A similarly innovative toy released this year is the Arcwave Ion from WOW Tech Group. The highly anticipated toy touts itself as the “world’s first-ever air stroker for the male body,” and uses air pressure to stimulate nerve endings in the head of the penis to give an orgasm the company describes as similar to those of someone with a clitoris might experience.
Lovehoney’s Blowmotion line was also released this year, promising penises everywhere new sensations by sucking, vibrating, heating, thrusting, and pulsating the shaft using “the most advanced sex tech currently available.”
Some sex tech is less sexual and more medical in nature. Eddie, for example, is a wearable FDA-Registered Class II medical device by Giddy that treats erectile dysfunction, a category that hasn’t witnessed innovation in over two decades. The device is scientifically sized and uses tension bands for a custom fit that can be adjusted based on the severity of ED the wearer is experiencing.
In nearly every press email announcing these products, brands like to declare that the male market has been “left behind” in sex tech and they’re here to save our penises from the monotony of manual stimulation. But have our cocks been rescued, or are these new innovations unnecessarily complicated?
“I definitely think we’re heading somewhere,” says Zachary Zane, sex columnist, and brand ambassador for Promescent, a sexual health, and wellness brand. “I don’t think every single tech advancement is mind-blowing and worth the steep price, but I do think that every three or so makes it worth it.”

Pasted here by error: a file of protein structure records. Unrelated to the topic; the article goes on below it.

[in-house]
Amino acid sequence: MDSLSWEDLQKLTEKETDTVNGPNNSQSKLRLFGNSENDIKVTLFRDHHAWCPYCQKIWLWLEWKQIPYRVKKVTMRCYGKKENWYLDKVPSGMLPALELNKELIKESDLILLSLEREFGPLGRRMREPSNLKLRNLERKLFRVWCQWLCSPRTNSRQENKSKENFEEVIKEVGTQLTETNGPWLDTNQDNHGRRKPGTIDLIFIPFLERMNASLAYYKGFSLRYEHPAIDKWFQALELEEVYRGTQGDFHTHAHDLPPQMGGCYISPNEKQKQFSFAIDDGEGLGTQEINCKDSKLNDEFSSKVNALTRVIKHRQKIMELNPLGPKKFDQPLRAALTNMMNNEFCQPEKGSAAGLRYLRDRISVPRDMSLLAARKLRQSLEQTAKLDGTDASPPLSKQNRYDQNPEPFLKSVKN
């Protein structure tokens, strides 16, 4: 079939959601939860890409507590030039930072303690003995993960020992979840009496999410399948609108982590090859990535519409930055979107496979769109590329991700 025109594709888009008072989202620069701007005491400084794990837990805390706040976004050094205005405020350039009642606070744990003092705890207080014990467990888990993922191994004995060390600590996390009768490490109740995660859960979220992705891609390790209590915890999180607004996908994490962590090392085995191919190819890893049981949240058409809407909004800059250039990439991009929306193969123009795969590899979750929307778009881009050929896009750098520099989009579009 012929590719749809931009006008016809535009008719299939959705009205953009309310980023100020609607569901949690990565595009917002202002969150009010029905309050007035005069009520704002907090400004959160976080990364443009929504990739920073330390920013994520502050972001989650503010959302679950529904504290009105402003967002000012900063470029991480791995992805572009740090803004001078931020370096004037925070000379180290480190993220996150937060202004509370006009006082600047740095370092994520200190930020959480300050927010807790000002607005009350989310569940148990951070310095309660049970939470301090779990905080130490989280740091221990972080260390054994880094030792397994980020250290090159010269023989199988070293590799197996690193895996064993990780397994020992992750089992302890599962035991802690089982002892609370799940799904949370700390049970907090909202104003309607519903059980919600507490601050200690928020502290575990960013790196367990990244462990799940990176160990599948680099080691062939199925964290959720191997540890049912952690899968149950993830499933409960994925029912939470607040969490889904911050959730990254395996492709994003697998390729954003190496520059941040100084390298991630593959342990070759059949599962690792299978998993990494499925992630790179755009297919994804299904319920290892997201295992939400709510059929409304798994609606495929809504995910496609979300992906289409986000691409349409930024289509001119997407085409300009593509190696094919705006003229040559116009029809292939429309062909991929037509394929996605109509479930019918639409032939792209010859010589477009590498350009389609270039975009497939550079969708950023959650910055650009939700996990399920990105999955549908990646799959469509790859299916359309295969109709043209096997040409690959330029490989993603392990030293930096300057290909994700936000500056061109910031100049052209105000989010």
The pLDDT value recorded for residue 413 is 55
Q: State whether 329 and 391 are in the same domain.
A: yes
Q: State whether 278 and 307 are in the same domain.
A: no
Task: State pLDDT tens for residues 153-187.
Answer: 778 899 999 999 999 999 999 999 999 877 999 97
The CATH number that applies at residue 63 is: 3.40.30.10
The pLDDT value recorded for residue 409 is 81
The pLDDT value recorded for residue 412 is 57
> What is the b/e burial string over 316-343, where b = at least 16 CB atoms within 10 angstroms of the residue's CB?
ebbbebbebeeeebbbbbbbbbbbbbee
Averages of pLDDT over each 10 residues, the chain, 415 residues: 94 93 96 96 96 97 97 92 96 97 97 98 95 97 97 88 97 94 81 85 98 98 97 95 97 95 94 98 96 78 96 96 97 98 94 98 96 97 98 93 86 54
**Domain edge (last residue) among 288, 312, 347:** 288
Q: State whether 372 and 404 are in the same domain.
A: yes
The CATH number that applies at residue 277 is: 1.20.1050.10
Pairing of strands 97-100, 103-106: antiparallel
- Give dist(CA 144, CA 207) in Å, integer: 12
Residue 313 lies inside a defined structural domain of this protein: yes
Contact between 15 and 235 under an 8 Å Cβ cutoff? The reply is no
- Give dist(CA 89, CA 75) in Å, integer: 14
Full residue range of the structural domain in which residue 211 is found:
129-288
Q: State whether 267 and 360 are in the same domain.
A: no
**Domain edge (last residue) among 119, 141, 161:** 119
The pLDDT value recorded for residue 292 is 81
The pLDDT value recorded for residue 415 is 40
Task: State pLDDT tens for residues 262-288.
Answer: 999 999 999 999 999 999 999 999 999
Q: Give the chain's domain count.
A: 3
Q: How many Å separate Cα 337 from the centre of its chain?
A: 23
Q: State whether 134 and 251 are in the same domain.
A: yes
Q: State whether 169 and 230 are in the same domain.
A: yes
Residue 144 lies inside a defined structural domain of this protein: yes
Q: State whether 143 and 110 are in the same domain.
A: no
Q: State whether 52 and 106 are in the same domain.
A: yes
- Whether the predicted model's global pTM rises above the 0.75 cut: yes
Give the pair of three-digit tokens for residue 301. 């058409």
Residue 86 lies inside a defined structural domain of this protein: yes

For that reason, Zane recommends you resist buying every updated release of your favorite toy. Rather, wait until version 3.0 is released. By that point, there will be significant technological advancements and differences.
If you or your wallet is skeptical of pricey technology that use air or soundwaves to make you come, there are plenty of other quality toys to choose from in every price bracket, offering varying degrees of sex tech. See our favorite selections below.
Strokers are squishy sleeves with textured interiors that offer added stimulation when stroking your penis. Many attempt to mimic the sensations of a vagina or mouth. Just apply some lube and slide on in.
Male vibrators are strokers on steroids. Guys tend to like them because vibration reaches deep within the body, stimulating nerves that hands can’t reach. These come in all shapes and sizes, offering different vibration settings, patterns and intensities.
Butt plugs are tear-shaped sex toys with flared bases designed to stretch and fill the anus, which is full of nerve endings. They can be worn while doing chores and running errands; some even wear them to work! (Because it’s the bum, just be sure to make liberal use of lube.)
Prostate massagers are toys with an intentional curve designed to stimulate the prostate, the male pleasure center located two to four inches inside the anus. Orgasms from prostate stimulation are often described as “full body” and more intense than a standard genital orgasm. (Again, since this is anal, use plenty of lube.)
Cock rings are worn for a number of reasons: to maintain an erection, make an erection harder, heighten sensation, help you last longer or to make you have a temporarily larger, thicker-looking penis. Just stretch it over your shaft and balls and don’t wear one for longer than half an hour.
Penis pumps are vacuum-sealed devices that use suction to encourage blood flow to the penis. Like cock rings, these toys temporarily produce longer and thicker erections and feel great. Pumps are often used to treat people with erectile dysfunction.
And there you have it. Now take this knowledge with you out into the world, explore your boundaries and always read the instruction manual.